Public housing officials in St. John the Baptist Parish are in the process of selecting a developer to determine how to replace the parish’s mostly dilapidated public housing units with mixed-income properties, more than a year after an outside consulting firm recommended demolishing three of the agency’s four buildings.

Six firms have responded to the agency’s request for qualifications, which the St. John Housing Authority released to gauge interest in redeveloping its 296-unit system, spanning LaPlace, Reserve, Garyville and Edgard.

Trina Henderson, the authority’s executive director, cited Columbia Parc, the $440 million development on the site of the former St. Bernard housing complex in New Orleans, as a model of a mixed-use, mixed-income public housing development similar to what she hopes to accomplish in St. John.

Last year’s study, completed by Econometrica Inc. in August 2013, set out to evaluate the condition of the parish’s housing stock and recommend changes. Paid for by U.S. Department of Housing and Urban Development, the study recommended tearing down most of the properties and offering residents vouchers so they could relocate to privately owned apartments in the meantime.

“Overall, the (public) housing stock is dilapidated and obsolete,” the report said. “It no longer provides safe, sanitary and decent housing for its residents.”

Hurricane Isaac in 2012 pushed many of the already maintenance-starved buildings further into disrepair, Henderson said. Roofs were damaged, and many units took on water.

A separate study conducted earlier last year estimated that the cost of rehabilitating the damaged units would range from $11,000 to $18,000 each, not including the cost of remediating mold contamination or removing asbestos.

The storm “really increased some of the issues we had with our housing stock,” Henderson said.

About half of the 296 units are currently occupied.

In evaluating the physical condition of the units, Econometrica also considered whether redevelopment should occur on the sites or if the parish should look elsewhere.

The study noted, for example, that whether to maintain public housing in Edgard is “a significant issue” because that area is less developed than the parish’s east bank. But Henderson said that fact alone doesn’t mean that the agency would not consider reinvesting there, noting that Edgard could eventually become better developed if industries begin moving to the area.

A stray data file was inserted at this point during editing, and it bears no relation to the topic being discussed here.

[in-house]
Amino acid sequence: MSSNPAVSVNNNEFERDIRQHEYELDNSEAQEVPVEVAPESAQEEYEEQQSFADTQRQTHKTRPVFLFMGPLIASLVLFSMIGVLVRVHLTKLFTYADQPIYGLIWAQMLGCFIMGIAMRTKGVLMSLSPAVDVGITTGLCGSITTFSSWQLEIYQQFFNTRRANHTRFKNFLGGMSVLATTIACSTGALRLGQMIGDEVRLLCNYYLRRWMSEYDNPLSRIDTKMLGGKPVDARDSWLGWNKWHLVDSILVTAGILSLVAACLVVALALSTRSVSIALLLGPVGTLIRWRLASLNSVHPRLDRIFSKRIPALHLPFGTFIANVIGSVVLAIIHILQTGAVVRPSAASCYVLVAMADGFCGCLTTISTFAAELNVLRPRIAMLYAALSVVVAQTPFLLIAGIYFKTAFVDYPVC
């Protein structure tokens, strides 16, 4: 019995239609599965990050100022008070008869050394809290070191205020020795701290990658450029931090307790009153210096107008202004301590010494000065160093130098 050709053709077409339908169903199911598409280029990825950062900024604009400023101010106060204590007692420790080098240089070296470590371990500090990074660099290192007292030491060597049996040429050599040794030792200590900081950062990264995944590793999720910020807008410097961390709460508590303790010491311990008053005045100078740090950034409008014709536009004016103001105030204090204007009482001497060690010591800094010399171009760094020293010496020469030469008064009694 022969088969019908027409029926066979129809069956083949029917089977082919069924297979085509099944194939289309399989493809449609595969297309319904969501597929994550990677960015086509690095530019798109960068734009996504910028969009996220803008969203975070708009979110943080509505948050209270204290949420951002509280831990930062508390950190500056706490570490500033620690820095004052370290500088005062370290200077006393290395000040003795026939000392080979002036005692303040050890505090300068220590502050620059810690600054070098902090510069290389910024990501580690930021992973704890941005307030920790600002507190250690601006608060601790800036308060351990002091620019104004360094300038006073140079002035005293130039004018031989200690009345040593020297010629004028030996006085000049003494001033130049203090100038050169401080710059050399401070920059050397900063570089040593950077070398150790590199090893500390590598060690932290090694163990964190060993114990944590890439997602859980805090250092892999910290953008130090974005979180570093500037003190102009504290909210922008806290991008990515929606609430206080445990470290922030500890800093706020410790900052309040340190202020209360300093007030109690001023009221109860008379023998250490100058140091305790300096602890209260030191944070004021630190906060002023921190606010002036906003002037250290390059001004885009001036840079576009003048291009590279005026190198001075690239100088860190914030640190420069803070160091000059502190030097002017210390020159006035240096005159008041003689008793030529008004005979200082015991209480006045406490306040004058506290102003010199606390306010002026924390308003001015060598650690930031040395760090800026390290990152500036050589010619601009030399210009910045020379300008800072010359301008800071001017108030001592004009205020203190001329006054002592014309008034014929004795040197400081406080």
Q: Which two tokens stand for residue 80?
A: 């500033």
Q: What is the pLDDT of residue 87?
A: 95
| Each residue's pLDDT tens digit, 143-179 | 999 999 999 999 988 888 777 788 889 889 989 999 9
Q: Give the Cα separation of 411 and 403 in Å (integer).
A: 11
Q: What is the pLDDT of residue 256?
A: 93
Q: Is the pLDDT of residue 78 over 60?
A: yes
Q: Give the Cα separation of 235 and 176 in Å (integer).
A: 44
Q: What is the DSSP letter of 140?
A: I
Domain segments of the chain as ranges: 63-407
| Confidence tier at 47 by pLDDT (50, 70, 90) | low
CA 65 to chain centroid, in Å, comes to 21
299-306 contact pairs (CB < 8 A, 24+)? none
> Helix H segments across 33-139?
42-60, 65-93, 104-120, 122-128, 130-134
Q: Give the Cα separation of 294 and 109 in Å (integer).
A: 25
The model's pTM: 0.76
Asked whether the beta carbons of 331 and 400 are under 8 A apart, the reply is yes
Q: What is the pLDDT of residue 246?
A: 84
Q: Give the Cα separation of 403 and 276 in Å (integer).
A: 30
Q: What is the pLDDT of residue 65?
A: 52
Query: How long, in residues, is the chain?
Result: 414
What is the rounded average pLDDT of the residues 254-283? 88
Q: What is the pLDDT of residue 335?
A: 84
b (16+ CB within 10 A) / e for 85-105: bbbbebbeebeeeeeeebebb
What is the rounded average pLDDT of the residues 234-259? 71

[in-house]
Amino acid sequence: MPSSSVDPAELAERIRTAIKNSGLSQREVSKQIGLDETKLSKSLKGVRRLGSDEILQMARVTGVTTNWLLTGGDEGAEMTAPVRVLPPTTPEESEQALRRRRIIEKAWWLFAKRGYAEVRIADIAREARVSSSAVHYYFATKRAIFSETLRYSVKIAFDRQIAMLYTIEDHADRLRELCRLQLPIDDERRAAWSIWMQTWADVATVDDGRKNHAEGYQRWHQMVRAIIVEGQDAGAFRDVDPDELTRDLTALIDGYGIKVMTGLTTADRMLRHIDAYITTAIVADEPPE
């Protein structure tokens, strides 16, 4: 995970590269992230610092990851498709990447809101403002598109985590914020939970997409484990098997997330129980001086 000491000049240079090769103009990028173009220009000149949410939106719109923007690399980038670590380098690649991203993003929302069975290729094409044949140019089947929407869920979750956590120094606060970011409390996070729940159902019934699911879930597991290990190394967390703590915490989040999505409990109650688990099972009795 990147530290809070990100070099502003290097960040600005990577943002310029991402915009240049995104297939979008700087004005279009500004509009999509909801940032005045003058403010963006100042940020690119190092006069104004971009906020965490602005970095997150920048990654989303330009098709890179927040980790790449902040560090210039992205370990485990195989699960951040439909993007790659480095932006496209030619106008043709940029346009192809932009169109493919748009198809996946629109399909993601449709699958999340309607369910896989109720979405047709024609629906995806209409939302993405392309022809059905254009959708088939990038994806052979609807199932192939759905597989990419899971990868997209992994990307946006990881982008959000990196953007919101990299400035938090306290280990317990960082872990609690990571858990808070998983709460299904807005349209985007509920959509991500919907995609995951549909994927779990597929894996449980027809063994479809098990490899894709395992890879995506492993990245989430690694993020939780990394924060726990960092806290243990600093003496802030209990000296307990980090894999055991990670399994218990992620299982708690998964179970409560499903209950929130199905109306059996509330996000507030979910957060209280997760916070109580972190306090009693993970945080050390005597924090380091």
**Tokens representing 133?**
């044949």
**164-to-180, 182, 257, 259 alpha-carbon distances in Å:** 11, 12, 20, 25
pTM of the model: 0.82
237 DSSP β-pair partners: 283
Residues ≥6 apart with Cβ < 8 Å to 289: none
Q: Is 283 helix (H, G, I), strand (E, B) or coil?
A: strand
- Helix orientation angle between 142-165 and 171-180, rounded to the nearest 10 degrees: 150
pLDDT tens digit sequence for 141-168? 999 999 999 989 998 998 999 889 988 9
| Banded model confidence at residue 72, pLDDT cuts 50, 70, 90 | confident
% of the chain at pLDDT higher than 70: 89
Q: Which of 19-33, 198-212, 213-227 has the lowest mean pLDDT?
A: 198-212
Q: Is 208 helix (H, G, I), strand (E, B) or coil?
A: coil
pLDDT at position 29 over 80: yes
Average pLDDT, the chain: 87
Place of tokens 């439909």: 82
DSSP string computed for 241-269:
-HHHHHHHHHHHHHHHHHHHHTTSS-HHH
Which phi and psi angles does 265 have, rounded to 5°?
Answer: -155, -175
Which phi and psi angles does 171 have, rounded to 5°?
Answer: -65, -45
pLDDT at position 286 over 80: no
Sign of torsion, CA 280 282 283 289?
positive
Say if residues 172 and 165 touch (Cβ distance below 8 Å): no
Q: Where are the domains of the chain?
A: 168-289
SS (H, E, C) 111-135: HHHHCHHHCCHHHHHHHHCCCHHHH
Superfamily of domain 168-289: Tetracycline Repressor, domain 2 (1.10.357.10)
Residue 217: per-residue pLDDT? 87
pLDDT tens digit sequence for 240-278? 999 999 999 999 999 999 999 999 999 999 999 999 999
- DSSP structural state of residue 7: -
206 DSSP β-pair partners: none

“The parish is growing, trying to bring new business in, so it may look one way today and tomorrow it may look differently,” she said. “We can’t make that decision based on what we have today, but we have to look at in the future, what’s viable.”

Henderson cautioned that any rebuilding effort is “not an overnight” initiative. She hopes to select a developer in the coming weeks, after gaining approval from the agency’s board.

“We would like the rest of the parish and the community to see something done quickly, but we all know funding is limited,” she said.

Finding ways to pay for the work will largely be left up to the chosen developer, she said.

That could mean using a combination of state tax credits, rental subsidies and private financing.

“That’s the whole point of bringing on developers who have experience with these projects,” she said. “They know where the funds are.”

For nearly two decades, the St. John Housing Authority has been on HUD’s “troubled” list because of its low marks on annual assessments, including apartment inspections and managing of its finances.

A report released last year by the state’s legislative auditor found that the agency had kept inadequate records on many required documents, including rental agreements, tenant background checks, Section 8 eligibility paperwork and annual inspections of apartment units.

The report painted a bleak picture of the agency’s record-keeping, highlighting a dozen areas where officials were not in compliance with federal or state regulations. Many of these problems were repeat infractions that had been cited in past years and remained unaddressed, the audit said.

The consultants’ report last year largely absolved Henderson of responsibility, saying she was “doing a good job at correcting the administrative backlog she inherited and should be retained.” It concluded that the size of the agency’s staff should be pared down.

Follow Richard Thompson on Twitter, @rthompsonMSY.